Wednesday, July 6, 2011

Charles Schuchert

Charles Schuchert was born in Cincinnati, Ohio on July 3, 1858 the oldest of six children of German emigrant parents, who had come to Cincinnati only a few years previously. His father, Philip, was a cabinetmaker and built up a successful business. At six, young Charles began attending Catholic parochial school, finishing at age twelve to go on to business school, to train as a bookkeeper for his father's business. While in school, Schuchert worked in his father's shop, first in the varnishing room. He did not last one year in business school, but continued working for his father, gradually working his way up to become general manager of his father's shop. In 1877 a fire destroyed the business, leaving Schuchert to support the family by working in other furniture factories.

Throughout his youth Schuchert collected fossils. In 1869 his father took him to see the museum of William Foster, who had a great quantity of fossil samples from around Cincinnati. Schuchert was amazed to learn that most of the fossils displayed were from under the sea that had once covered Ohio. In 1877 Schuchert met Edward Oscar Ulrich, who had a large collection of fossils and had done college work in paleontology. In 1881 Ulrich began publishing papers on local fossils and Schuchert helped him using lithography to illustrate his work. Ulrich began getting commissions to write and Schuchert helped him with the work. By this time Schuchert had collected a large collection of brachiopods, a phylum of marine animals with hard valves (shells), some collected on his own and some obtained from trading samples with Ulrich and other collectors.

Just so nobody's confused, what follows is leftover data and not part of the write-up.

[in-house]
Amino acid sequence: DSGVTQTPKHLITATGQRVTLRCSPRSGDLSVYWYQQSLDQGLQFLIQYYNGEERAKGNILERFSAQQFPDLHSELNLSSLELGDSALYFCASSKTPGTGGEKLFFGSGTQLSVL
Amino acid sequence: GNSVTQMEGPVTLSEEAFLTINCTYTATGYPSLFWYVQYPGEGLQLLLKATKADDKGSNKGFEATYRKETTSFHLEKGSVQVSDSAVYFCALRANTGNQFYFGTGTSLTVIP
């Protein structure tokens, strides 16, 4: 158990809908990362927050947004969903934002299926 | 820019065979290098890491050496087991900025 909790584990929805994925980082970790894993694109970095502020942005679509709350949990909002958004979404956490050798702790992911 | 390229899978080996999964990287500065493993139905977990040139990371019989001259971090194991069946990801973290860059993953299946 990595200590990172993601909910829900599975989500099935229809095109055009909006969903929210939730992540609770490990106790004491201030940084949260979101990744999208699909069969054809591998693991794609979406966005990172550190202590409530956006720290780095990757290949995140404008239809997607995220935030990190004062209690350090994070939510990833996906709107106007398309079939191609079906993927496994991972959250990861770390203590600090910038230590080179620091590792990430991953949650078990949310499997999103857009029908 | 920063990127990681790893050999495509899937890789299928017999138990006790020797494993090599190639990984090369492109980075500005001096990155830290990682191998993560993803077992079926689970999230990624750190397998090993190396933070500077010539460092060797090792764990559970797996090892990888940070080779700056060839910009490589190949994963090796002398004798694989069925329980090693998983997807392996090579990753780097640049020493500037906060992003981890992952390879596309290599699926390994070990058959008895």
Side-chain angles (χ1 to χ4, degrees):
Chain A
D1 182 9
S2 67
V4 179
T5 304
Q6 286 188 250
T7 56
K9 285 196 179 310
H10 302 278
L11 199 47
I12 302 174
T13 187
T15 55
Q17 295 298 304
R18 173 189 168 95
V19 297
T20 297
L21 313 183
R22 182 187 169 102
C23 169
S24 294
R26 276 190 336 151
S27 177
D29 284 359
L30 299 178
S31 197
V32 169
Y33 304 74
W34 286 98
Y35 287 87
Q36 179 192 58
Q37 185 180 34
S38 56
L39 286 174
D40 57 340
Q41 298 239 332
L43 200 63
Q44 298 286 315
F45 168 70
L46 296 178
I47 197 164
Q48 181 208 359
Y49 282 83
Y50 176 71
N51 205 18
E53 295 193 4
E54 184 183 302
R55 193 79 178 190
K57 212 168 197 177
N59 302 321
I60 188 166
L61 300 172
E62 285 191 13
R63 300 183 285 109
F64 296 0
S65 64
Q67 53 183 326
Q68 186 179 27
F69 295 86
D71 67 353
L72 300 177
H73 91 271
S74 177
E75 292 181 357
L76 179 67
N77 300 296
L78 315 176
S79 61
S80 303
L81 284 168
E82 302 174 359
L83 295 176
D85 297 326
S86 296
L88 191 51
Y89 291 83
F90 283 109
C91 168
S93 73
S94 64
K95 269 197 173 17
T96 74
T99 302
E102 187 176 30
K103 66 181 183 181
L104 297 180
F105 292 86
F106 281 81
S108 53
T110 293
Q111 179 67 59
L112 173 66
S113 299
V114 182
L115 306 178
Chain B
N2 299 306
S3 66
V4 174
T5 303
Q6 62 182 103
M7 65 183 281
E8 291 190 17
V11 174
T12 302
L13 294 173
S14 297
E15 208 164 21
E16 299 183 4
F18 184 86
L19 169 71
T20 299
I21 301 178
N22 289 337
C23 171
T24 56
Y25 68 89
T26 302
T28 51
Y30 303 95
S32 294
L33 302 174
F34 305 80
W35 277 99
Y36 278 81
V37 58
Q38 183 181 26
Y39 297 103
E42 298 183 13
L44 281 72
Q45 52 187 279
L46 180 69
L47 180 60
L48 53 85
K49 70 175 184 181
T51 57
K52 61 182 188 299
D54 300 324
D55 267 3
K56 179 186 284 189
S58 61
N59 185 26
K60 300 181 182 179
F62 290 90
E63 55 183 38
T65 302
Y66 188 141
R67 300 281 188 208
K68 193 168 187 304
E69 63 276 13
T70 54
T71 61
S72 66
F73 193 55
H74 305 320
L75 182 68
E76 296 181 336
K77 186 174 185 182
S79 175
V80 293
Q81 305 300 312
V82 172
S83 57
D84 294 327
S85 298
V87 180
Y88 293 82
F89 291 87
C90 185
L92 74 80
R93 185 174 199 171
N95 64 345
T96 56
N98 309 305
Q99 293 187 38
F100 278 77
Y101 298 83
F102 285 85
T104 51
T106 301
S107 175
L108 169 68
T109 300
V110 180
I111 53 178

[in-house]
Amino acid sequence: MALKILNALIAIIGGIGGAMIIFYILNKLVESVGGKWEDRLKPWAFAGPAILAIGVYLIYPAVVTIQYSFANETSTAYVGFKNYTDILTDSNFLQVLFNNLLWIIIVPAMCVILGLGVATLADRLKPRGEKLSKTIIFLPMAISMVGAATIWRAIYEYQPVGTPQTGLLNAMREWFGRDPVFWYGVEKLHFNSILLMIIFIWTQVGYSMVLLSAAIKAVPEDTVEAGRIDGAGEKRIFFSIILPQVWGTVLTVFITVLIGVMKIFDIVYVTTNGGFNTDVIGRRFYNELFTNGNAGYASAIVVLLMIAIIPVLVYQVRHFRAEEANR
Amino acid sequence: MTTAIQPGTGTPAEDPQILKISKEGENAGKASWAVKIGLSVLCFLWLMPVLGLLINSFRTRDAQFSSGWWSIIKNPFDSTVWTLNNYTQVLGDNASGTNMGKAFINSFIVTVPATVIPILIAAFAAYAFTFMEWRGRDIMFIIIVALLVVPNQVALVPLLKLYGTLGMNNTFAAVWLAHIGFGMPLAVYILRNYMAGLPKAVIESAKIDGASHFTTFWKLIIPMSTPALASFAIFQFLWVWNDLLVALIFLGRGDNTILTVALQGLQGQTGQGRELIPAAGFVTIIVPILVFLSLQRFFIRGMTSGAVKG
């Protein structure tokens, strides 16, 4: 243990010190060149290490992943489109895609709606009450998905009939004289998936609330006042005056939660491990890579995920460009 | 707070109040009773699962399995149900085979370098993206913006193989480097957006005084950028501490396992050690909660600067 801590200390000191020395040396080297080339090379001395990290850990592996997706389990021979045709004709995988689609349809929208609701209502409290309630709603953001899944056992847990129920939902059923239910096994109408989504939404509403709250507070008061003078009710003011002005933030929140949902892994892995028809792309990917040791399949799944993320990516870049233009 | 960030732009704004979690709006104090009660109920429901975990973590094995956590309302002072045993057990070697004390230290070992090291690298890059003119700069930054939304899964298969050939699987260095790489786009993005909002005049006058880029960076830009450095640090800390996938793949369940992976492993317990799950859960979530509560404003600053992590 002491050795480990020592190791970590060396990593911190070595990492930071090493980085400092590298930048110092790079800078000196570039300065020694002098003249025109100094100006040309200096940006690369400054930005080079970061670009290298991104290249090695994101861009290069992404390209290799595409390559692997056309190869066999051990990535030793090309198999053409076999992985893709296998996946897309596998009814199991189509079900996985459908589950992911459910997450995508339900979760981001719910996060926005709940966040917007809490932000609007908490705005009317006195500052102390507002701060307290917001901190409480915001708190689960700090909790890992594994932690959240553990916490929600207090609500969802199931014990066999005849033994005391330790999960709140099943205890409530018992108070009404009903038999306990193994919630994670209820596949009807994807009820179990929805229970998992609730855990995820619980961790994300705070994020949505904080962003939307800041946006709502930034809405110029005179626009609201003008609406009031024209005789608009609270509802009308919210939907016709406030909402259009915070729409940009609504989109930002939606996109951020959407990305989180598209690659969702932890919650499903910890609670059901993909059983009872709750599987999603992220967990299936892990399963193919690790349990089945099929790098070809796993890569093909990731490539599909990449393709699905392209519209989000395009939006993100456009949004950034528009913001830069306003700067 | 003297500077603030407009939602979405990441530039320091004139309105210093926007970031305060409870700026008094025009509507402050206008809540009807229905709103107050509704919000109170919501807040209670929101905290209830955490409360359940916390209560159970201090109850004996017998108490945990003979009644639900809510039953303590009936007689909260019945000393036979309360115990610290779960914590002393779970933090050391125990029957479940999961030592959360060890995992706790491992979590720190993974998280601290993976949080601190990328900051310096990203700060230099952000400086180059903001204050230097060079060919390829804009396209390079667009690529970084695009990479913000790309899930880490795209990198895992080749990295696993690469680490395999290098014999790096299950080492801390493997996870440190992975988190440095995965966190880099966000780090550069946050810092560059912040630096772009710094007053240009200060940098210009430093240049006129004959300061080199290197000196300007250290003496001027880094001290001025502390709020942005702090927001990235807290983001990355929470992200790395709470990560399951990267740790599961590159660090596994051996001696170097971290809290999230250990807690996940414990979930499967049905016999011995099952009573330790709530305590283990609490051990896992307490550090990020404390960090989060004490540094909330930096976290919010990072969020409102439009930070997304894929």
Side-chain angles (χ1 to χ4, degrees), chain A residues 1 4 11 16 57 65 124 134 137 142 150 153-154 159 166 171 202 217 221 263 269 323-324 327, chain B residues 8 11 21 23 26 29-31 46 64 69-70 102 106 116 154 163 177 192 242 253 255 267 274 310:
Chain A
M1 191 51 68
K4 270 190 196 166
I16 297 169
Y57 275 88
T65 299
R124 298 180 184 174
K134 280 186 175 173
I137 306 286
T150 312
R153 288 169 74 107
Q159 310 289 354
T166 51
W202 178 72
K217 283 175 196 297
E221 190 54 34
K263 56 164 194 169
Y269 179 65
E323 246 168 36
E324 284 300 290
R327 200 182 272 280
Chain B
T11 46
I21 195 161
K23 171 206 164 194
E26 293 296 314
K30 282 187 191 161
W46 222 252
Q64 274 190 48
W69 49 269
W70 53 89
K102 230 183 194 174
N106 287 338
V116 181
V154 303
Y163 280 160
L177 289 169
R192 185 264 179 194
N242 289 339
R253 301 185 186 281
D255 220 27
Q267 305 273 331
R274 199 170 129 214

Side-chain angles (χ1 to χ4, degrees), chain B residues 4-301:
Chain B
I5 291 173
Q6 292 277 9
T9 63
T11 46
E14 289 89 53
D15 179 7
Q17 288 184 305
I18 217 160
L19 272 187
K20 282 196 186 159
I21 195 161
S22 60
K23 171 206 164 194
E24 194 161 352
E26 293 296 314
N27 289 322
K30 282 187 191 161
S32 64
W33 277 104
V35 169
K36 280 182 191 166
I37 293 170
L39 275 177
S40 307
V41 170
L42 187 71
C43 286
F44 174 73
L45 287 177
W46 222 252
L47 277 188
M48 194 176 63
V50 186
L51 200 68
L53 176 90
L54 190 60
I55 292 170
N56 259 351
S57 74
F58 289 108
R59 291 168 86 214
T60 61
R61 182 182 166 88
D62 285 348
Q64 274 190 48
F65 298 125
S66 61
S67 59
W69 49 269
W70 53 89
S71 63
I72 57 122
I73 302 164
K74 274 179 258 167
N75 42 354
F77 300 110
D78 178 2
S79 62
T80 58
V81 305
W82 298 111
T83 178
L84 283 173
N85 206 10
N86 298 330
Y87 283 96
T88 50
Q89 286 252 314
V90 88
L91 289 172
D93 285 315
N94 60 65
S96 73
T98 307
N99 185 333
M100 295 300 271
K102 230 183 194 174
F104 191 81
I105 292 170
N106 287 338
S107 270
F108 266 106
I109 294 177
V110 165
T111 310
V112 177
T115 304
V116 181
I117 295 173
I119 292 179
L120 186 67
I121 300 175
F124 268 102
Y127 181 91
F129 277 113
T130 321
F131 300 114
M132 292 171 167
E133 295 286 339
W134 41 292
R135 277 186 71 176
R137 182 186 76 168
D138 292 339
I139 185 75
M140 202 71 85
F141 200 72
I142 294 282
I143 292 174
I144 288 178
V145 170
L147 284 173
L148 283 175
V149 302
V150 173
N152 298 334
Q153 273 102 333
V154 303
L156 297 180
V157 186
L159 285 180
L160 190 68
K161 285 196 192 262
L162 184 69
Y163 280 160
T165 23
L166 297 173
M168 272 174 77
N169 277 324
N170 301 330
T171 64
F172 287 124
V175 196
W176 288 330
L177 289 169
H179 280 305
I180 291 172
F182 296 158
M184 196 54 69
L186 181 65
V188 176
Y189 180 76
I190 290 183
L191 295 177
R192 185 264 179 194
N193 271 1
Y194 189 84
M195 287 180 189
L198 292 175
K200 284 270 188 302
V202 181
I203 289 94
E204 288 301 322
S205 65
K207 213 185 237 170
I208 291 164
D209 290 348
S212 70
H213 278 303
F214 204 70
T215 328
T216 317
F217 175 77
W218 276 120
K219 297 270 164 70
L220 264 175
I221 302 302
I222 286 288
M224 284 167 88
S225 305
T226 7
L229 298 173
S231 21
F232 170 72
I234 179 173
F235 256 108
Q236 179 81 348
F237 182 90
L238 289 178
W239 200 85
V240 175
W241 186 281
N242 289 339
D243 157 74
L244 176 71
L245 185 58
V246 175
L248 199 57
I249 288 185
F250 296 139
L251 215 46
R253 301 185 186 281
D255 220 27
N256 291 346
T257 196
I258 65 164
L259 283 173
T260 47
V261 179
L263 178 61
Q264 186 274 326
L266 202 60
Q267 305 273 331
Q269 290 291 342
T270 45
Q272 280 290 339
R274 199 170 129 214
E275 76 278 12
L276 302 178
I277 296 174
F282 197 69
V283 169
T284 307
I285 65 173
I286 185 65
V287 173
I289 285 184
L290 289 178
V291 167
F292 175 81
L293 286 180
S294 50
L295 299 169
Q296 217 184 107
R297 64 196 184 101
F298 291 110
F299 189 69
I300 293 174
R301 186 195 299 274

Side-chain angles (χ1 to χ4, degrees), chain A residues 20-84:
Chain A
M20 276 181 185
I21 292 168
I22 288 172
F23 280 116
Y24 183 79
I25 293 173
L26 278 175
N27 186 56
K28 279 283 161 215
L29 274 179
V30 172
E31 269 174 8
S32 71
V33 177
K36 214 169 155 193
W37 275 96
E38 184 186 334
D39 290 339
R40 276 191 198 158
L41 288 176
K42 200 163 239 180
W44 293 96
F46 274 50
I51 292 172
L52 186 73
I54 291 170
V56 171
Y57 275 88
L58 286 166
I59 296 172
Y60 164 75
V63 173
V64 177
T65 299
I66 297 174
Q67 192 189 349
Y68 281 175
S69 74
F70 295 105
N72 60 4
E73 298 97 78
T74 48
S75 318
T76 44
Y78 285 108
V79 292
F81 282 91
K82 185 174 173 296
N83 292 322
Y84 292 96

In 1889 James Hall, the state paleontologist of New York came to Cincinnati in order to prepare a work on brachiopods. Hall met with Schuchert and impressed with his collection offered him a position as his assistant. Schuchert went to Albany, New York with Hall and assisted him in preparing his publications. After working in Albany, Schuchert briefly assisted N. H. Whinchel in Minneapolis, and then in 1893 joined the staff of the U.S. Geological survey in Washington. He worked for the Geological Survey until 1904, when he was appointed professor at Yale University. Shuchert remained at Yale until his retirement in 1926.

Schuchert's initial interest in brachiopods widened to the paleontolgic record as his career developed. From this resulted a series of paleogeographic maps, prepared by Schuchert, that showed the distribution of land and sea during the geologic past. In 1910 he published Paleogeography of the United States which was illustrated with a series of fifty maps. Schuchert continued working on these maps and by 1913 the number had grown to 85, eventually reaching 130. The closing years of Schuchert's life were spent preparing Historical Geography of North America, two volumes of which were published and one was in preparation at the time of his death.

Honors won by Schuchert include election as president of the Paleontological Society in 1910 and president of the Geological Society of America in 1922. He was elected to the National Academy of Sciences in 1911 and won the Mary Clark Thompson Medal from the N.A.S. and the Penrose Medal from the Geological Society of America in 1934. He won honorary degrees from New York, Yale, and Harvard Universities. The Paleontological Society each year presents the Charles Schuchert Award each year to the person, under 40, whose work reflects excellence and promise in the field of paleontology.

Schuchert died on November 20, 1942.


Knopf, Alfred;"Charles Schuchert: 1858-1942" in Biographical Memoirs (1952) National Academy Press

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